Imagine it. Believe it. Act like you believe it. It just may happen. 

Other posts…………

To The World Peace- Visiting Westminster Abbey

Common Threads – Indigenous Spirituality

A Book To Make You Insanely Hopeful

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I Want To See

When he heard that it was Jesus of Nazareth, he began to shout out and say, “Jesus, Son of David, have mercy on me!” 

“What do you want me to do for you?” Jesus asked him. The blind man said, “Rabbi, I want to see.”

Mark 10:47 and 51  

My friend Esther sorts and packs recycled eyeglasses once a week. She volunteers for the Lions Club, a service organization dedicated to improving the quality of life for the blind and visually impaired. Distributing some twenty million pairs of glasses annually to those who otherwise wouldn’t have access to them is only one part of the club’s global vision initiative.

Lion’s Club members know developing nations are disproportionately affected by eye problems for a variety of reasons including environmental ones. Tibet has one of the highest rates of cataracts because of soot and pathogens from the dusty environment and overexposure to UV rays.

Doctor checking children for trachoma in rural Ghana – Photo from FHI 360 a non-profit human development organization

Trachoma another eye disease rampant in developing countries could be eliminated by addressing environmental concerns like the inaccessibility of clean water and lack of proper sanitation facilities. The World Health Organization believes that with support and intervention 80% of the world’s vision problems would be avoidable.

The Healing of a Blind Man by Duccio di Buoninsegna- 1308

The Bible passages I quoted at the beginning of this post are from a story about a blind man named Bartimaeus.  Bartimaeus knows Jesus is nearby and calls out to him for help. Bartimaeus makes me think about the people around the world calling out for help with their vision difficulties.  Jesus restored sight to Bartimaeus. Our world has the resources to prevent blindness and improve the quality of life for almost all of the visually challenged in the human family.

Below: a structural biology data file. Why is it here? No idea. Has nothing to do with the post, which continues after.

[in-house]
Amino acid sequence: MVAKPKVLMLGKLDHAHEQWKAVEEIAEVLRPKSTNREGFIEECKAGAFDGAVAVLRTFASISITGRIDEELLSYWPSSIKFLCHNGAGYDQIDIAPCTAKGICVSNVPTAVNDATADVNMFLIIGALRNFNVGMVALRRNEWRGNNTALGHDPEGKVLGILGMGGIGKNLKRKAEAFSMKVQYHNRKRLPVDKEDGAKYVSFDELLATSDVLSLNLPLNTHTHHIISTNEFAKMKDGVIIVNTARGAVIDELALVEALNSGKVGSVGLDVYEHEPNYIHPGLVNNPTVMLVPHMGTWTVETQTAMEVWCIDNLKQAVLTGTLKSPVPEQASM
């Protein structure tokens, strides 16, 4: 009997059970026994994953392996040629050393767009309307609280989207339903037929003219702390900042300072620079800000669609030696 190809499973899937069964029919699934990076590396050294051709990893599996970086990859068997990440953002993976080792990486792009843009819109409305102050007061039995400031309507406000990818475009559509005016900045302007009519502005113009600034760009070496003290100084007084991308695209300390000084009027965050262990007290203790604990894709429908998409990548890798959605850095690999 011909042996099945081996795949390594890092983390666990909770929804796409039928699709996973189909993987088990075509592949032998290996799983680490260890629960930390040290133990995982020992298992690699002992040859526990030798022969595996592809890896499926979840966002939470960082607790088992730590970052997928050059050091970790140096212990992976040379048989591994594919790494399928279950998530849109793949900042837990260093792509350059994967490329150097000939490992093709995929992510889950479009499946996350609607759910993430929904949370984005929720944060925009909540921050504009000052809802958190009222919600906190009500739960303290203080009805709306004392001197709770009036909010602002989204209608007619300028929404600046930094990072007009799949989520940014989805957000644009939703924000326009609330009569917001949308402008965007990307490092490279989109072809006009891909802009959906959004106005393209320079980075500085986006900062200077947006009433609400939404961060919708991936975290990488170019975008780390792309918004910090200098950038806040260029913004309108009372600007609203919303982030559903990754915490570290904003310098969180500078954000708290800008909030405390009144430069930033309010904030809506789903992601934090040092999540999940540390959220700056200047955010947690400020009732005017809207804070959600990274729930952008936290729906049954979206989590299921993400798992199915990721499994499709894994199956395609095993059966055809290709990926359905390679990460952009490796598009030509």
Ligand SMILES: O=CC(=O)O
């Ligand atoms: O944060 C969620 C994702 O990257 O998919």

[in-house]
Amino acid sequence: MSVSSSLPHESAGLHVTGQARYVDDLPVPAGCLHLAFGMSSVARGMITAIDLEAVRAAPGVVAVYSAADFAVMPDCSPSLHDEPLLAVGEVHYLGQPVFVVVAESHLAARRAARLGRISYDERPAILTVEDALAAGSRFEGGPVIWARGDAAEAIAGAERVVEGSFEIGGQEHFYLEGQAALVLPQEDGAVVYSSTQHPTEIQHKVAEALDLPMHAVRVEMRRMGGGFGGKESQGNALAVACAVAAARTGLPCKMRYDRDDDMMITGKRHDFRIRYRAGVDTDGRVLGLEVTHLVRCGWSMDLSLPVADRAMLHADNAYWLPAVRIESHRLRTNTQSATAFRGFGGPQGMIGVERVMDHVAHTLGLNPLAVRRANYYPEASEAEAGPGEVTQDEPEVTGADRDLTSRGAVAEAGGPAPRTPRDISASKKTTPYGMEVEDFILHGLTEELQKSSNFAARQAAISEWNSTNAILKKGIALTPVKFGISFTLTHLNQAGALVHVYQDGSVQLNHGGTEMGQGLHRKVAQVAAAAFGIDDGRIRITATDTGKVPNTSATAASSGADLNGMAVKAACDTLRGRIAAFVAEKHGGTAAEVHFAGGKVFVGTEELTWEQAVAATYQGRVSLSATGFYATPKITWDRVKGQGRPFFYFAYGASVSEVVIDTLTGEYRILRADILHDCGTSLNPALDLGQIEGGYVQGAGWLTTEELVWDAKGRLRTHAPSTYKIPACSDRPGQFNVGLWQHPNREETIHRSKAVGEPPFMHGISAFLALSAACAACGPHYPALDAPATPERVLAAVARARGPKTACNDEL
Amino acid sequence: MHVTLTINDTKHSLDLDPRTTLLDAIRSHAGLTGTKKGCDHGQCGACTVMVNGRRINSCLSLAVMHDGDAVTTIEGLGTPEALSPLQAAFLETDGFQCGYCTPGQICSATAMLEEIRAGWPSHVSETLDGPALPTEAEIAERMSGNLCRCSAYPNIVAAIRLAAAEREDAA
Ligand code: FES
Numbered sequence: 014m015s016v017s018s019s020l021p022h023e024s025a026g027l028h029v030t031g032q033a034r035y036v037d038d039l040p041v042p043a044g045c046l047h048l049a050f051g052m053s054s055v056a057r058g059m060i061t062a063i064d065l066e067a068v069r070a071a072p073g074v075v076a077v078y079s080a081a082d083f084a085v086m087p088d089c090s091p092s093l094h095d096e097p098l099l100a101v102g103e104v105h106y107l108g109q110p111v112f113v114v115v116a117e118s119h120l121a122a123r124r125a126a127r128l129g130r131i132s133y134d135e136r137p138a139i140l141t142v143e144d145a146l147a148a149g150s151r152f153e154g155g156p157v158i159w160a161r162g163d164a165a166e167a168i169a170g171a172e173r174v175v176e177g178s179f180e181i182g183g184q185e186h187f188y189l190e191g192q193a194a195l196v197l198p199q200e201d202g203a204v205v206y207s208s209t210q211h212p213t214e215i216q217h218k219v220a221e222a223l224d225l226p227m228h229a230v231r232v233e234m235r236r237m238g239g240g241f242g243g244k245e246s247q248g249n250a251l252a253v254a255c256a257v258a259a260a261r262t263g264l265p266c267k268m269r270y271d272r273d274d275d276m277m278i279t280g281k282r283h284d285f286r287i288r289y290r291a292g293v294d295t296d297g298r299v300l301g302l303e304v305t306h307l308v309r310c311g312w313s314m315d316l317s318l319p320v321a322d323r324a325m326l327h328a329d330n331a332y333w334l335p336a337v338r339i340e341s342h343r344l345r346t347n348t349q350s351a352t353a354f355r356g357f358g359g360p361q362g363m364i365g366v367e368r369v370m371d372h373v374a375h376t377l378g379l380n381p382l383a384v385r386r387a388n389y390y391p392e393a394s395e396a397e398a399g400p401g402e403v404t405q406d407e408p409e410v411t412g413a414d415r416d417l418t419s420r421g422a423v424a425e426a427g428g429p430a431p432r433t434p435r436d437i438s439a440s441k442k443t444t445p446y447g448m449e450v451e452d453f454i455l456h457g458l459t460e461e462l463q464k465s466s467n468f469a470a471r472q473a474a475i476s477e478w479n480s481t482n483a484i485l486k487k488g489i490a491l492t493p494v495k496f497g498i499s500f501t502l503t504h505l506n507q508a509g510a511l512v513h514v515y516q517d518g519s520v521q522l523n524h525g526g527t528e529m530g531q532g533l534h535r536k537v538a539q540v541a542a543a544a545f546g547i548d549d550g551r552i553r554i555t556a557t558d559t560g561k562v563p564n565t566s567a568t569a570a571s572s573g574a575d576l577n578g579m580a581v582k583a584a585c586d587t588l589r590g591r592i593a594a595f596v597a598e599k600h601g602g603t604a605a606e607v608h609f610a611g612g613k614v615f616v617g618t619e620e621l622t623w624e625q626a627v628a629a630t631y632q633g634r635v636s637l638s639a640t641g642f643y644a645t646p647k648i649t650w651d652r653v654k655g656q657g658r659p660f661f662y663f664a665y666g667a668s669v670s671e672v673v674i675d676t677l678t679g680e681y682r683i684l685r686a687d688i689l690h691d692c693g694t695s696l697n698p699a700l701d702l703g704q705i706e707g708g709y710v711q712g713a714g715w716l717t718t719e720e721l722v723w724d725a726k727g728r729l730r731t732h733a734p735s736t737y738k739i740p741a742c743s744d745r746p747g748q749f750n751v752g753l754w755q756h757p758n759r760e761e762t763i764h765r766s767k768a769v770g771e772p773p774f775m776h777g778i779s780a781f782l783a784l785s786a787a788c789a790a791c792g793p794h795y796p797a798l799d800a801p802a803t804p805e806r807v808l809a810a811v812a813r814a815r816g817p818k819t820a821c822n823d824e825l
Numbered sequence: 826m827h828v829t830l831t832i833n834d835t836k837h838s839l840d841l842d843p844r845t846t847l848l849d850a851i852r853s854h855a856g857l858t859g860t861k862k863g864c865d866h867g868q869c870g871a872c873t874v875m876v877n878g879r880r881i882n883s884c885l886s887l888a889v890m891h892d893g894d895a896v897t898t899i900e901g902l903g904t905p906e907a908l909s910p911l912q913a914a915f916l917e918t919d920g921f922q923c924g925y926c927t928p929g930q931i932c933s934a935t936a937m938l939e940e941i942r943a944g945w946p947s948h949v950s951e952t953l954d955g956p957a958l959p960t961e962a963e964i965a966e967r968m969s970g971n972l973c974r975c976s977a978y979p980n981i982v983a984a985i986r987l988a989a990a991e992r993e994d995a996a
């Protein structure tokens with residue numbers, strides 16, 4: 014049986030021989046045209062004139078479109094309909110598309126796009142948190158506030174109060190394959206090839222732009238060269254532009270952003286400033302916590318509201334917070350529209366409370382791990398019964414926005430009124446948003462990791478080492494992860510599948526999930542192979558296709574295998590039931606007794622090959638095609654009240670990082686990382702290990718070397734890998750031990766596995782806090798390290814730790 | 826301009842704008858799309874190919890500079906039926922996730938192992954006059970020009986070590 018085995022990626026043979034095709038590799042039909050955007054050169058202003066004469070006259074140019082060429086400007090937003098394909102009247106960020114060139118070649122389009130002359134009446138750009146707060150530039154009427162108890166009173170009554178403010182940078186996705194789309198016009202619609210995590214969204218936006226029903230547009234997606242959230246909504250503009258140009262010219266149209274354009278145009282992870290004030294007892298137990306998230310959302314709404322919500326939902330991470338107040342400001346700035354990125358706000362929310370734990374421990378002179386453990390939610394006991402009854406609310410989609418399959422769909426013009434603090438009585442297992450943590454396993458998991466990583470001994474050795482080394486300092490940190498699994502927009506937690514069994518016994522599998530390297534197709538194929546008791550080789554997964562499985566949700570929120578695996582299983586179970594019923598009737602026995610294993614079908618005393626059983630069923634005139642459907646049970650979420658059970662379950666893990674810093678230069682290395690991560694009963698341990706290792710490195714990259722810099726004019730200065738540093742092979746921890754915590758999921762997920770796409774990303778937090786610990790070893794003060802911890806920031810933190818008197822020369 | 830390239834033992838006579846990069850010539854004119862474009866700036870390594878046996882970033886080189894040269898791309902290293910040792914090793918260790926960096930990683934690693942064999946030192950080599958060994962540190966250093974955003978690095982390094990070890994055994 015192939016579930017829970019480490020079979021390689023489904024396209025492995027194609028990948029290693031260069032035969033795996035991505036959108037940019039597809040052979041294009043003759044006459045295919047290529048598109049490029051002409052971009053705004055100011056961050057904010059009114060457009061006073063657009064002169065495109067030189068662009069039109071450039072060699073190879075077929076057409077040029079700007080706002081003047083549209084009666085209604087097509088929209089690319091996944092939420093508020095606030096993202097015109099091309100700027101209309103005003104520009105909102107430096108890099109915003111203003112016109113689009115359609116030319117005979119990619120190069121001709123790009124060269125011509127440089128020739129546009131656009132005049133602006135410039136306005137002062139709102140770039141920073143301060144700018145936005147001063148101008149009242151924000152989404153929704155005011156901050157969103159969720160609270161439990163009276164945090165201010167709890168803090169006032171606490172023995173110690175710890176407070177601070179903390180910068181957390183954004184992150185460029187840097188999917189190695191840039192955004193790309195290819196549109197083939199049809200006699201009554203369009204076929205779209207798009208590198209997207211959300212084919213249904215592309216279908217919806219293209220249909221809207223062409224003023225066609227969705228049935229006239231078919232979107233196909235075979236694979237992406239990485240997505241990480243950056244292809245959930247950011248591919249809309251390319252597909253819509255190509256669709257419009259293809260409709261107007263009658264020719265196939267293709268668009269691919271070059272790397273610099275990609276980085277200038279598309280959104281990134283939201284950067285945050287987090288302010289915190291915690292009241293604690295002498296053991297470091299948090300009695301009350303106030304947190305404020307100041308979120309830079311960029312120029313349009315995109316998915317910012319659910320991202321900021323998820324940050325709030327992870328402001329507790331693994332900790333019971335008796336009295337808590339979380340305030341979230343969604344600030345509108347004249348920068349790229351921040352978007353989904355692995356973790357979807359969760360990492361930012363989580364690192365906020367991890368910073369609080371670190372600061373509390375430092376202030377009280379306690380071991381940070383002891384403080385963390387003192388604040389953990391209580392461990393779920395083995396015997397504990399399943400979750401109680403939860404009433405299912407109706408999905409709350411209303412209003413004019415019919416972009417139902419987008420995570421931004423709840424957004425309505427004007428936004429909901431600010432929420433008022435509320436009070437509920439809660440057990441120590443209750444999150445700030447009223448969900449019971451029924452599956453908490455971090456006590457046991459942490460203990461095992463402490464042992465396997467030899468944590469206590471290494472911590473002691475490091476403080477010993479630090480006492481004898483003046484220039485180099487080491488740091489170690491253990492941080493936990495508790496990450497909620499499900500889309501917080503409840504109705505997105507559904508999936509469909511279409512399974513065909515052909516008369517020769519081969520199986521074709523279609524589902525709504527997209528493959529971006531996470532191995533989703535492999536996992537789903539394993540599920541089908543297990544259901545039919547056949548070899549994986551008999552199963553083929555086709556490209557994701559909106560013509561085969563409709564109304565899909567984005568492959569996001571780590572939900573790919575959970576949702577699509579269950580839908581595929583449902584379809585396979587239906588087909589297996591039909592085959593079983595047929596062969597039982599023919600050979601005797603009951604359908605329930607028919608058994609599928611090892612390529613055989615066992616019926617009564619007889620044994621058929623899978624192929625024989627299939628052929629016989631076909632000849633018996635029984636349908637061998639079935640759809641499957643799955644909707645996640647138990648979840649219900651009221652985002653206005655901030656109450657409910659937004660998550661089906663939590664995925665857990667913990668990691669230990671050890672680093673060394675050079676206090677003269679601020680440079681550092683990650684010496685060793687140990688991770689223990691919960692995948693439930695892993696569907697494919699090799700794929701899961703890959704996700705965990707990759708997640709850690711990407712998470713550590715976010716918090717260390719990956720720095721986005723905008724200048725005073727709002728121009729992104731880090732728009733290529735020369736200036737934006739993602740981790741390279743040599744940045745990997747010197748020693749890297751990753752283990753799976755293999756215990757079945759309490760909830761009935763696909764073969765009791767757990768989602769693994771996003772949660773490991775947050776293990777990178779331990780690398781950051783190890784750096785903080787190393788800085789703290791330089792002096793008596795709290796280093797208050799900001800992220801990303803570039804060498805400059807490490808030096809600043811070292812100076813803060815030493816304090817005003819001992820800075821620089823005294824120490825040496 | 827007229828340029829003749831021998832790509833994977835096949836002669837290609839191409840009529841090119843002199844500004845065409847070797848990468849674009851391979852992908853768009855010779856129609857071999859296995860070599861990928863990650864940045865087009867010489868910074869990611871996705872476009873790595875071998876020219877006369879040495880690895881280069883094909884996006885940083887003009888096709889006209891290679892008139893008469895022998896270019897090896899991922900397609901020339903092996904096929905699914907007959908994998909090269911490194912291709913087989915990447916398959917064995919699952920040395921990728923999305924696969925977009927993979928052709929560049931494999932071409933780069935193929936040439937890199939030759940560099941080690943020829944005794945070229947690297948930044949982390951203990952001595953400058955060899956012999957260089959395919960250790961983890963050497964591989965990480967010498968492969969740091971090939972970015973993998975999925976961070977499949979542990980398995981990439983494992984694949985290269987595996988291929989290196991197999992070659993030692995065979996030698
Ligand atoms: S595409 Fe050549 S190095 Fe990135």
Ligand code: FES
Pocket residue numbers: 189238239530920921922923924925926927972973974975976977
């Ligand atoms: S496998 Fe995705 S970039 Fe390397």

There are more than a hundred charitable organizations focused on hearing and answering the voices of those who are saying just as Bartimaeus did, “I want to see again”.  How can we help?

Read about an amazing project my cousin Dr. Stephen Fransen established in Nicaragua to help people whose sight has been compromised by retinal diseases

Read about a modern-day miracle worker who is doing the same thing Jesus did in Nicholas Kristoff’s column in the New York Times

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Filed under Health, Religion

Gifts From the Earth

And God brought us to this place,
gave us this land flowing with milk and honey.
So here I am. I’m offering some of what I’ve grown on this ground you gave me, O God.  Deuteronomy 26: 9-10

During the year we taught on the Hopi First Nation in Arizona a colleague asked us to join her family at dawn for the baby naming ceremony of her grandchild. Later we were invited into her home for breakfast. The meal was spread out on a large cloth on the floor so as we sat around it we would be close to the earth.  Before we ate the grandmother took a wooden bowl and filled it with small bits of food from the many different dishes she’d prepared.  The bowl was placed on the ground just outside the door of the house as a way to recognize the gifts received from the creator and the earth.

Corn grown by Manny Talasmaynewa near the Hopi village of Moenkopi. Photo by Elizabeth Hoover

In Deuteronomy 26:9-10 the children of Israel also offer a gift of food from the earth as a way to thank the creator.  The land flowing with milk and honey described in Deuteronomy 26:9 presents a stark contrast to the Hopi Nation where a scarcity of rain requires special centuries-old farming methods, careful preservation and care of the soil, and plenty of hard work and faith in order to harvest crops like corn, beans, squash and melons.

This weekend our American neighbours celebrated Thanksgiving. The holiday provides another opportunity to reflect on the fact that our food is a gift from the earth and from the creator. We are responsible to care for, preserve, and use the earth in the best possible way so the whole human family can share in creation’s bounty both now and in the future.

Other posts………

He Hasn’t Lost His Green Thumb

A Thankful Weekend

They Don’t Grow Tomatoes Like They Used To